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Reinstating TOPs for small, rural hospitals

July 12, 2013

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The AHA and rural hospital leaders are calling on legislators to support a recently introduced House bill that would reinstate so-called “hold harmless” transitional outpatient payments (TOP) through 2013 for certain eligible sole community hospitals (SCH) and rural hospitals with up to 100 beds.

Rep. Bruce Braley, D-IA, on June 28 introduced the “Rural Hospital Fairness Act,” H.R.

2578, to restore these payment adjustments for certain rural hospitals. TOPs expired on Dec.

31 for rural hospitals and SCHs with no more than 100 beds, and expired March 1, 2012 for SCHs with more than 100 beds.

Saranac Lake, NY-based Adirondack Health, which operates 271-bed SCH Adirondack Medical Center, may be forced to scale back on outpatient care unless the payments are restored, said CEO Chandler Ralph. She urges Congress to pass the TOP legislation “to provide much needed and long overdue relief to rural health systems like

The TOP cuts occurred as “health care is undergoing seismic changes,” Ralph observes. “A strong and fiscally sound health care system is needed to fully implement reform of the delivery system, and to ensure the most vulnerable members of our community continue to receive the care they need, when they need it.”

That’s a formidable task when rural hospitals are denied payments that recognize the special challenges they face in delivering health care services, she says. Without TOPs, these hospitals are paid an average of 75% of their Medicare costs.

To help protect rural hospitals from steep Medicare payment reductions when the outpatient prospective payment system (PPS) took effect in 2000, Congress provided for transitional hold harmless payments to hospitals with no more than 100 beds. The TOP provision was later extended to SCHs – regardless of their size. SCHs provide care in some of the nation’s most rurally isolated areas.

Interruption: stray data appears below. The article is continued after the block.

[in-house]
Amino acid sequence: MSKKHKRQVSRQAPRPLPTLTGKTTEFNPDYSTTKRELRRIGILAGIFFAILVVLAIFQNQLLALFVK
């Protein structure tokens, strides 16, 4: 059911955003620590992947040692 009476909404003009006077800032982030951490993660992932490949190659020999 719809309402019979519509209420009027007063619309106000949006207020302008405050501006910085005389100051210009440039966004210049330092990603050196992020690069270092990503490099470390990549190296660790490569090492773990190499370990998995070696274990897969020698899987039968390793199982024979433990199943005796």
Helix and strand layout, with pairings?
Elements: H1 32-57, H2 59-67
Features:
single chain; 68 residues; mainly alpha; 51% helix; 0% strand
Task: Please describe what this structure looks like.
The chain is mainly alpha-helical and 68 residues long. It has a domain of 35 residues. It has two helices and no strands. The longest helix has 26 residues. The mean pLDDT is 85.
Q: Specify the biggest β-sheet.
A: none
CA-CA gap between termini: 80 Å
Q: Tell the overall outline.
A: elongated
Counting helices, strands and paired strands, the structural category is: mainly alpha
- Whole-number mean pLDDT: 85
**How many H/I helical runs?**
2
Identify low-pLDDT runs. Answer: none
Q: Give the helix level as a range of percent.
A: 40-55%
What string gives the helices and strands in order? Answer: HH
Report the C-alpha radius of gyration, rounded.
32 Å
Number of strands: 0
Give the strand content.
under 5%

Under the legislation, modified in recent years, hospitals receive 85% of the difference between outpatient PPS payments and the payments they would have received under their previous cost-based system. These amounts are determined by using their 1996 Medicare cost reports; hospitals annually file cost reports with their Medicare contractor after the end of each fiscal year.

In a June 28 letter of support for H.R. 2578, AHA Executive Vice President Rick Pollack noted that hospitals receiving TOPs “had Medicare payments that were well below their Medicare costs, with payments averaging about 83% of costs.” He said TOP-eligible hospitals experienced an 11% payment cut when the provision expired last year. “With such a large gap between payments and costs, it will be difficult for these vulnerable hospitals to continue to provide access to critical outpatient services, such as emergency department services and chemotherapy.”

For more on the AHA’s letter, click on: http://tinyurl.com/lqen98b.

The TOPs are one of several expired or soon-to-expire Medicare reimbursement policies that support mostly small and rural hospitals. The AHA has called on Congress to extend these policies and, in some cases, make them permanent.